Well - Summer 2014 - page 4-5

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WELL
| SUMMER 2014
SUMMER 2014 |
WELL
5
VACATION SURVIVAL KITS
When it comes to travel, you can never be too prepared for a health emergency. When
you’re in a foreign place, a vacation survival kit can offer first-aid support in a crisis or
threatening situation. Here’s a go-to vacation survival kit list that will keep you and your
family safe in a variety of settings.
SLATHER ON
SUNSCREEN
Read the label. Look for
an SPF (sun protection
factor) that’s 30 or higher
and pick one that is
“broad spectrum,” which
protects from ultraviolet
A and ultraviolet B rays,
the leading cancer-
causers. Opt for water-
resistant sunscreen, but
they only last for a max
of 80 minutes—so you’ll
need to re-apply.
GIVE THE GIFT OF LIFE
Give your parents the gift of life. Heart disease is still the nation’s #1 killer, so offer to
accompany them to the doctor’s office for a heart health physical check-up. Typically
this will include a routine physical and a basic blood test to determine lipid profiles, like
HDL, LDL and triglycerides (blood fats). A fasting blood glucose test determines risks of
diabetes, which nearly triples heart disease odds. An electrocardiogram (ECG) provides a
record of the heart’s electrical impulses and can detect whether the heart is damaged, if
you’ve had a heart attack or if there is decreased blood flow to the heart muscle.
The ABCDEs of Skin Cancer
Skin cancer is still the most common type of cancer. Melanoma
accounts for less than 2% of all skin cancer cases—basal and
squamous cell are more typical. But it’s responsible for the most
deaths: more than 9,000 annually. The odds of getting melanoma
spike with age, but even young sun worshippers are vulnerable.
To protect yourself, learn the simple danger signs you and your
family should be aware of when it comes to moles, brown spots
and skin growths. Check out the ABCDEs of melanoma. If a mole
or growth on your body has one or more of these signs, schedule
an appointment with your doctor.
Health Briefs
Health Briefs
D
B
E
A
Asymmetry
When split in half,
the halves are not
matching.
Border
The borders of the
mole are uneven,
not rounded.
Evolution
The mole has
changed in sym-
metry, shape, size,
color or diameter.
Diameter
The mole is larger
in diameter than
the eraser on a
standard pencil.
C
Color
There are multiple
colors or shades
in one mole.
TRAVELING ABROAD
Make sure your family is up-to-date on their
vaccinations. While you may feel your destination
is safe, vaccination policies vary internationally, and
most vaccine-preventable disease outbreaks take
place in less developed regions. Visit the CDC’s
website to learn about the most recent outbreaks,
necessary vaccines and travel precautions your
family should keep in mind for summer excursions.
cdc.gov/travel/contentVaccinations.aspx
At a theme park:
1.
Antiseptic wipes and
sanitary towelettes—for
keeping hands clean and
flushing out wounds
2.
Antibiotic ointment—for
cuts and scrapes
3.
Band-aids of various
sizes—for unexpected cuts
4.
A small bottle of your
prescription pills—just in
case someone in your family
forgot to take their meds
5.
Small hard candies—for
low blood pressure or to
ease sugar level drops
The basics:
1.
Combo ice pack/heat pack—
for overheating or fever chills
2.
Chewable antihistamine
(like Benadryl or Claritin)
and acetaminophen (like
Tylenol)—for unanticipated
reactions or illness
3.
Hydrogen peroxide and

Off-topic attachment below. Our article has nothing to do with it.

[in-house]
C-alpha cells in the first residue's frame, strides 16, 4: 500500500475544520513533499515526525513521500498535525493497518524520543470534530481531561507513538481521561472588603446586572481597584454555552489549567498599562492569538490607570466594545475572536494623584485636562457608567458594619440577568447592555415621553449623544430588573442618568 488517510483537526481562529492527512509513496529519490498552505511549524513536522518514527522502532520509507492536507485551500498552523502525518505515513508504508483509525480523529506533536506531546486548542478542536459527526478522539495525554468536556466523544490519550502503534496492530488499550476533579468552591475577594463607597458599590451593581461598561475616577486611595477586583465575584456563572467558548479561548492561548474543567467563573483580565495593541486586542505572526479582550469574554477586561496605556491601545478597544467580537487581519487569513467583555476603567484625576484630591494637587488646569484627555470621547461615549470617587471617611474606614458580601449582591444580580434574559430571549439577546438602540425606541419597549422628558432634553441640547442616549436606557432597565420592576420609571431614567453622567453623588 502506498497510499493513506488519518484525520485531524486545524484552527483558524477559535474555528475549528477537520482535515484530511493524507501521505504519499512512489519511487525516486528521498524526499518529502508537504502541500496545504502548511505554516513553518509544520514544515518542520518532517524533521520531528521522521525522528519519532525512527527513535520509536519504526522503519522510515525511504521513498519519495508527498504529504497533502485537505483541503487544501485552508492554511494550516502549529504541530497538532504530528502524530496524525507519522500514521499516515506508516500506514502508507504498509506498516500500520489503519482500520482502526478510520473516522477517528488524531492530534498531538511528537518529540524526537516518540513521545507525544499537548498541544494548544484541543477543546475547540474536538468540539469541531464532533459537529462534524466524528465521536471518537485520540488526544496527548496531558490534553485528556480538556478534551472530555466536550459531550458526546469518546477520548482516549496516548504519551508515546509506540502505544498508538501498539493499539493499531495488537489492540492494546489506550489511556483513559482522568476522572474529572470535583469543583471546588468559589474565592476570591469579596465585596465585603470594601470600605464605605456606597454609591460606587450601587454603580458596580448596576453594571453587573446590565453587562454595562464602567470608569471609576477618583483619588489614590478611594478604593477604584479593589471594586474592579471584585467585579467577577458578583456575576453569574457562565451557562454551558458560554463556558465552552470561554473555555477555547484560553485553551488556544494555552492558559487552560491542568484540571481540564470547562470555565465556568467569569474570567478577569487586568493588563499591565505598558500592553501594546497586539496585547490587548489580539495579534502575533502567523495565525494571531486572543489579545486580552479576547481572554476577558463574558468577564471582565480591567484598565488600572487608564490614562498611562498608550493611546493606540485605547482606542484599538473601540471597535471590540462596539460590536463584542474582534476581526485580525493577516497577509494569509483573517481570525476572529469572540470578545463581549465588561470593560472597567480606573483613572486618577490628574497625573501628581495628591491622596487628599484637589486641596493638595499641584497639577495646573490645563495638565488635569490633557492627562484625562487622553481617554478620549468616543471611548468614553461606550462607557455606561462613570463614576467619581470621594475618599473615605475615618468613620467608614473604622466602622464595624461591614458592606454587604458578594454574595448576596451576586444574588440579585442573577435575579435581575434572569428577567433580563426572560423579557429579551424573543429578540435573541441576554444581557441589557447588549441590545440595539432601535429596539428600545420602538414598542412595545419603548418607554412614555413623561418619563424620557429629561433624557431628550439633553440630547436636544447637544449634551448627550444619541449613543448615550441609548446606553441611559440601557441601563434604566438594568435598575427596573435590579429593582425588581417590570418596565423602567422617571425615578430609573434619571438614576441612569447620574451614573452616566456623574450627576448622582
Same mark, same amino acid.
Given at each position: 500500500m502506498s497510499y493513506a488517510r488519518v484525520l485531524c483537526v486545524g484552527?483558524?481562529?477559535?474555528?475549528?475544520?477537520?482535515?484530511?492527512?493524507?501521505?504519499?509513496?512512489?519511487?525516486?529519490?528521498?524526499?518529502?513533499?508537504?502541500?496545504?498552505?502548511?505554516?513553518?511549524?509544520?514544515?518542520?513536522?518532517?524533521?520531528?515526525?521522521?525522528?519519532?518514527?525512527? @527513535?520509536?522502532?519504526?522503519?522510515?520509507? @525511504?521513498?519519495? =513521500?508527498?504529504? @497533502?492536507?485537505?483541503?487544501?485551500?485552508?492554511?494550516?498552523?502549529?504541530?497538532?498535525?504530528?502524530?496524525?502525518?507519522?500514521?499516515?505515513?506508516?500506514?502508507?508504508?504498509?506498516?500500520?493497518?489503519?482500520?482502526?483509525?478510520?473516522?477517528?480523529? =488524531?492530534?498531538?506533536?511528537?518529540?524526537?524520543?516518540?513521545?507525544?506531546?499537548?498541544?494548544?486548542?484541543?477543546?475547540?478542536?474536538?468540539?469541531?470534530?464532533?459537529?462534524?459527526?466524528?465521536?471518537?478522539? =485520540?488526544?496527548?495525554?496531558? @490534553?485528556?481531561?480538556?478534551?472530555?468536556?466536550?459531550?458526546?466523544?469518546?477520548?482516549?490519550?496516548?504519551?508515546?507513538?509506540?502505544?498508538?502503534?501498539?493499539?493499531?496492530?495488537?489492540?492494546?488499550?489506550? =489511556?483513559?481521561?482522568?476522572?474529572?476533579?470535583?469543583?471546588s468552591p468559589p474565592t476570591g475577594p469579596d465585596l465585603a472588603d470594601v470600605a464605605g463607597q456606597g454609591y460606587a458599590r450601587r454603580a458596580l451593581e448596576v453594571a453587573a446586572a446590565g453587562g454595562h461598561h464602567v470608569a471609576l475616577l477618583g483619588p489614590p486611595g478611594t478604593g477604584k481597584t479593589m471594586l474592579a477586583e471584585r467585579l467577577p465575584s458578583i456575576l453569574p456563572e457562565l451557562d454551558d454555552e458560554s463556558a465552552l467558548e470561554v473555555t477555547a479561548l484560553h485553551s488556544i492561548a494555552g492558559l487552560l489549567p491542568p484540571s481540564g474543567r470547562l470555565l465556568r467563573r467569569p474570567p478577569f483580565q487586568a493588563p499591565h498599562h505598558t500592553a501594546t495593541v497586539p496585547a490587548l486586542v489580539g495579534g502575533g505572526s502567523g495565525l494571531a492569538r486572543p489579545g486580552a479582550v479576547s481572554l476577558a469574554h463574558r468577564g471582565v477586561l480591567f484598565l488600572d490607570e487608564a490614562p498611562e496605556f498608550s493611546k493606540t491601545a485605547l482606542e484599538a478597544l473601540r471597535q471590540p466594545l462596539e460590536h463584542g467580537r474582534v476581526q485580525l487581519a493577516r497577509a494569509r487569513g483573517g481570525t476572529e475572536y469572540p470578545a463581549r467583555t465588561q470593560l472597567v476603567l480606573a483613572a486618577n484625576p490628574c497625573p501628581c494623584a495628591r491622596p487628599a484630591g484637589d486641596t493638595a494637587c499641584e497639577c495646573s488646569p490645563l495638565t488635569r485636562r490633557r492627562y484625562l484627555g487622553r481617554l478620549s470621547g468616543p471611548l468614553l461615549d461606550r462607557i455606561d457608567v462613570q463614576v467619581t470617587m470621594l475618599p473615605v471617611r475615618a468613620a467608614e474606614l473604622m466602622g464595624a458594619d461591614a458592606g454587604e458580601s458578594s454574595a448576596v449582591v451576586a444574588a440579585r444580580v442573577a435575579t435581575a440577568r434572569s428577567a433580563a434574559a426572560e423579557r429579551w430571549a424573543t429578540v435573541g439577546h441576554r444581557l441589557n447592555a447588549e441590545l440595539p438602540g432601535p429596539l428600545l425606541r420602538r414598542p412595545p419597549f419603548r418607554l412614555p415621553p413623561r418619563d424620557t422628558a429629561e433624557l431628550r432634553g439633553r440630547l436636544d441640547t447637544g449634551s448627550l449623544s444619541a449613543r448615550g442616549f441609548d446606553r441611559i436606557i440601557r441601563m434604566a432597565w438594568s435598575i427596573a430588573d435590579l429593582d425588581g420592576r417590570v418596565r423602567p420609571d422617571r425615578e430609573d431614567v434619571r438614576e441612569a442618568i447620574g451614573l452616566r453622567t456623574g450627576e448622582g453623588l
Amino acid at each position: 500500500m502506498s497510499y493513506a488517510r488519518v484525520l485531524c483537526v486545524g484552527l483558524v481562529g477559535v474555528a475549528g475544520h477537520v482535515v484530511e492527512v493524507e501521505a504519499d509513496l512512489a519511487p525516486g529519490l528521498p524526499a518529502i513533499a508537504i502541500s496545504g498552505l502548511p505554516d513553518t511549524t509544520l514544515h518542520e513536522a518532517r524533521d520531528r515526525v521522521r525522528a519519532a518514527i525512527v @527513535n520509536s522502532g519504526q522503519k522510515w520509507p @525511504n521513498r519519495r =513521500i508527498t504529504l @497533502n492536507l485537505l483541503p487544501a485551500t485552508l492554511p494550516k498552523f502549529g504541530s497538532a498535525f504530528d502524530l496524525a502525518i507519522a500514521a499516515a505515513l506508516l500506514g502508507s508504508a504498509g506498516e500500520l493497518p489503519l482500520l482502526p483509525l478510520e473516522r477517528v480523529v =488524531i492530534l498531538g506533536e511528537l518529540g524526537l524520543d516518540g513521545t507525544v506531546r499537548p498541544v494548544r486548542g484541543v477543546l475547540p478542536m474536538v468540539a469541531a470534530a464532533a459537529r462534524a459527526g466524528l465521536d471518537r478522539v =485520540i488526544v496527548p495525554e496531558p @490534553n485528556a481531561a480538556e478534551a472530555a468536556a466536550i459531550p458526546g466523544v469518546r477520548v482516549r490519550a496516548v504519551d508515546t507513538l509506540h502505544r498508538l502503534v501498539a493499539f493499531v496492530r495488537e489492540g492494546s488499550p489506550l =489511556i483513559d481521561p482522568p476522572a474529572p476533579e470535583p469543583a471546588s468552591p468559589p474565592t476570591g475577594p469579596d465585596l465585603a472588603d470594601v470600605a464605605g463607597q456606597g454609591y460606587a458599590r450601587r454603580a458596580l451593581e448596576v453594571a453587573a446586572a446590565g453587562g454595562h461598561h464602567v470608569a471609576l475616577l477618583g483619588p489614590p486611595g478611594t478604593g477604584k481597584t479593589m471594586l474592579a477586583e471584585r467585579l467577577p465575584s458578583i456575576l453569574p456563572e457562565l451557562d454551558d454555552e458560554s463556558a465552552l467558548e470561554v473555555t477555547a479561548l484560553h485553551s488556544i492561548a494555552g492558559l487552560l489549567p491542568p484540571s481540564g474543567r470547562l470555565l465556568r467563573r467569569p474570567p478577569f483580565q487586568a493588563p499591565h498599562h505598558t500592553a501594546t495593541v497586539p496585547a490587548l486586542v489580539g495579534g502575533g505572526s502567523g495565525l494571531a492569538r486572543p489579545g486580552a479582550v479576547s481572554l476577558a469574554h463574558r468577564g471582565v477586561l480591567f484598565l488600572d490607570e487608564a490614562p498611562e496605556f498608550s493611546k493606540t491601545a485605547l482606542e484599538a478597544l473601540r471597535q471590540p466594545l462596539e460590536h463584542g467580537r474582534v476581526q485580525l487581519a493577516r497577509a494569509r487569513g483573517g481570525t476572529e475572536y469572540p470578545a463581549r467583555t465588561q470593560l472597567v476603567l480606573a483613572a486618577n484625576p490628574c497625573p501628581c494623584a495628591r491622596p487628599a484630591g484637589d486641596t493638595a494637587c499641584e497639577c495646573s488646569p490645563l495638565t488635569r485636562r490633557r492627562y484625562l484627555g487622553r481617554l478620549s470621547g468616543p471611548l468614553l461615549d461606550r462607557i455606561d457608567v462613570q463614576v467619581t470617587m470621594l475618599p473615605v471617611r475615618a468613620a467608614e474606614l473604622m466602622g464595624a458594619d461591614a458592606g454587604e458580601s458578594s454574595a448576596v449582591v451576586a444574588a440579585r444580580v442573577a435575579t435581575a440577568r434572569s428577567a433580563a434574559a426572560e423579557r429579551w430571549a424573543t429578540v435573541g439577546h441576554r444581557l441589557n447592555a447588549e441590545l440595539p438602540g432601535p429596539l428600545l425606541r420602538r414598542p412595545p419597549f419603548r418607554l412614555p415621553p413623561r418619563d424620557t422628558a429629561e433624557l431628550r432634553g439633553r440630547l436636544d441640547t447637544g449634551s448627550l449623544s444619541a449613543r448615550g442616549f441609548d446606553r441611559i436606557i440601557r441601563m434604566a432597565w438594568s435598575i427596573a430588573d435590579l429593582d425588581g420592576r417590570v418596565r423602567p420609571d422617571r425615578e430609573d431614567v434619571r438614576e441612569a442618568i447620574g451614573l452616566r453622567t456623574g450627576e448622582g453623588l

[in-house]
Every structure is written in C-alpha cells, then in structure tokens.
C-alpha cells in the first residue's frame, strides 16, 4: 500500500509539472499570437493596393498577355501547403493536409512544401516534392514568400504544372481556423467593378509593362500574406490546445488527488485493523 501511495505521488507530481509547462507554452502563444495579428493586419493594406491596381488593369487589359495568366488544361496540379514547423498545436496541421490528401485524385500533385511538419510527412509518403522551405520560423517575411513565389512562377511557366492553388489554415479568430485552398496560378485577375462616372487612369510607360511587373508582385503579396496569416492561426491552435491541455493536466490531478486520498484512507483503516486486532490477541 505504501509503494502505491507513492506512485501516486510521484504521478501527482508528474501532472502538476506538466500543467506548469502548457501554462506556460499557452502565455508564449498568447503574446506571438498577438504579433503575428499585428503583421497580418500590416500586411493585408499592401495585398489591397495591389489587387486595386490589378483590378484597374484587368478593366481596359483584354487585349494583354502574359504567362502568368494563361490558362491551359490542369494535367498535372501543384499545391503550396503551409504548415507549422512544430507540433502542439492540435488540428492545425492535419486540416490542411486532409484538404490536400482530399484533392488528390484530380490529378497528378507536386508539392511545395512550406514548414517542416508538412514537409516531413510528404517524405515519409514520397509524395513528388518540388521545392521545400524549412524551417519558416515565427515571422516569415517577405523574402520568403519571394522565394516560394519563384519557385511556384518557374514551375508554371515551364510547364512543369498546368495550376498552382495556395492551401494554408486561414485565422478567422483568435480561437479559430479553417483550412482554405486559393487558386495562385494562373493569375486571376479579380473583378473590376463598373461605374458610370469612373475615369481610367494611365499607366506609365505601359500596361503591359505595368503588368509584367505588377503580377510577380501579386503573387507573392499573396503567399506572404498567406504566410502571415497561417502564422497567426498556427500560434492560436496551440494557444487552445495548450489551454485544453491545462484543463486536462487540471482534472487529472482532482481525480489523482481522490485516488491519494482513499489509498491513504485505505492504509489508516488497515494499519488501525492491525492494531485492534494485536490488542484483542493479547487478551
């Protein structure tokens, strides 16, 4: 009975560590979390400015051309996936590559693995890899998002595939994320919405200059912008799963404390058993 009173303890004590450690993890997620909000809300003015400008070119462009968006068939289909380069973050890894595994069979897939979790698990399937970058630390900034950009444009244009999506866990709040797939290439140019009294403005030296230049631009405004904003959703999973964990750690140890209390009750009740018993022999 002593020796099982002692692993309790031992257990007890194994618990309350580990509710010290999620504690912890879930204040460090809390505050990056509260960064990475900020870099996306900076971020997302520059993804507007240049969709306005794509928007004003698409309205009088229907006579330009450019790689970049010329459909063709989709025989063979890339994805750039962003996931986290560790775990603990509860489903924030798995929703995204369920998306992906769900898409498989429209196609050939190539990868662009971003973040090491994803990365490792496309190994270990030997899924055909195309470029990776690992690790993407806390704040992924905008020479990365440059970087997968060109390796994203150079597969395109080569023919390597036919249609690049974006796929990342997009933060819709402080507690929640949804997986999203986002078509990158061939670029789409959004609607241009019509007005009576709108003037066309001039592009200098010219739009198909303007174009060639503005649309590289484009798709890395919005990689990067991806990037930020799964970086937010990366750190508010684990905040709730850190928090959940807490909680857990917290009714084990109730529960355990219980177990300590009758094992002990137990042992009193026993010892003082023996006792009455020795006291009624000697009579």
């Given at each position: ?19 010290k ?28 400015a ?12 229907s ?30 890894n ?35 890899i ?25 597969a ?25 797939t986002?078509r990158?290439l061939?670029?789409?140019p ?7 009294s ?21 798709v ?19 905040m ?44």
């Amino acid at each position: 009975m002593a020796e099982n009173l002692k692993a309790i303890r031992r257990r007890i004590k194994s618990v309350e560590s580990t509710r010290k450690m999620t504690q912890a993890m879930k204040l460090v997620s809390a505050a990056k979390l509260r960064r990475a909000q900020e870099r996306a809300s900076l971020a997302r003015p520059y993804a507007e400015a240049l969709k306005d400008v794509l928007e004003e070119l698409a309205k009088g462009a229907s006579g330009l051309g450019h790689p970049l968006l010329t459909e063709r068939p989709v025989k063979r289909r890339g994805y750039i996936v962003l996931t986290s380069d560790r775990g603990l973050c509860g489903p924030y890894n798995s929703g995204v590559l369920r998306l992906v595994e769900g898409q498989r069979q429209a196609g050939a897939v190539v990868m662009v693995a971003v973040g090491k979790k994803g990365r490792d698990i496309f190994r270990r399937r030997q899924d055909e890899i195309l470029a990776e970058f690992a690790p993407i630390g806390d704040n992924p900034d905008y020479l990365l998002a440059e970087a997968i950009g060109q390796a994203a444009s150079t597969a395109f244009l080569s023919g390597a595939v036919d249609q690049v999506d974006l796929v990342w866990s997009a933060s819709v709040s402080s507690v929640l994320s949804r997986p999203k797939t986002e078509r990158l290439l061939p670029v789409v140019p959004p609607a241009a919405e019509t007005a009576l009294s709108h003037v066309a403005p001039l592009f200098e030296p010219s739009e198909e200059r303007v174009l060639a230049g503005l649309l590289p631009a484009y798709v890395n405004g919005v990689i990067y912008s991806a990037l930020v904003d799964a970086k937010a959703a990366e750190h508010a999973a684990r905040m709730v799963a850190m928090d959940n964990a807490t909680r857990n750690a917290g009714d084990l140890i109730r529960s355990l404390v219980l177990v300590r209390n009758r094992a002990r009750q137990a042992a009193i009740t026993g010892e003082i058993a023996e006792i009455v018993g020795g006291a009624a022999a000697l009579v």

antibiotic ointment—for cuts
or scrapes needing first aid
4.
Tweezers and medical
scissors—for cutting bandages
or pulling a foreign object out
of skin, etc.
5.
Nonstick gauze bandages
and Band-aids—for other
wounds, minor or otherwise
At the beach:
1.
Aloe vera and distilled white
vinegar—for sunburns and
jellyfish stings
2.
Waterproof sunscreen with
broad spectrum and at least 30 SPF
3.
Saline solution and eardrops—
for sanitizing wounds and flushing
out swimmer’s ears
4.
Insect repellent—for avoiding
bites by insects carrying disease
5.
Dramamine—for motion
sickness
In the mountains, hiking:
1.
Insect repellent—insect
bites increase the risk of
disease contraction
2.
Elastic bandages and
compression bandages—if
constriction or compression
are necessary for injury
3.
Insect sting relief pads—
for nasty bug bites or attacks
4.
4x4 sterile bandages—to
cover large wounds
5.
Moleskin—to wrap large
wounds
or yogurt and lay on a plate
covered in wax paper. Add
cinnamon, sprinkles, nuts or
other small toppings. Freeze
and enjoy!
SUMMER
NUTRITION TIPS
School is out for summer, and
the kids are home all day long to
snack and fill up on junk food.
Here are some easy “snack-
on-a-stick” ideas for healthy
summertime munchies that
are great to have around the
house—and fun to make too.
Juice Popsicles:
Fill ice cube
trays with 100% juice, cover
with foil and pierce each cube
centrally with a toothpick
or popsicle stick cut in half.
Freeze and enjoy!
Watermelon Pops:
Cut a
watermelon into 1-inch-thick
slices. Use a cookie cutter
to cut out fun shapes in the
watermelon. Pierce with a
popsicle stick and enjoy!
Rainbow Skewers:
Using
brightly colored produce,
have the kids help organize
fruit slices like the colors of
the rainbow. Spear the fruit
rainbows on BBQ skewers for a
fun and colorful summer treat.
Sandwich on a Stick:
Make a
sandwich with meat, desirable
spreads, lettuce and healthy
whole-wheat bread. Cut the
sandwich into square, 1-inch
cubes. Using cheese cubes,
cherry tomatoes, olives and
the squared sandwich pieces,
arrange on BBQ skewers and
bon appétit!
Fruit Pops:
After removing the
stem, pierce large strawberries
or 2-inch banana slices with
popsicle or cake pop sticks;
do not fully pierce the fruit.
Dip the speared strawberry or
banana in melted chocolate
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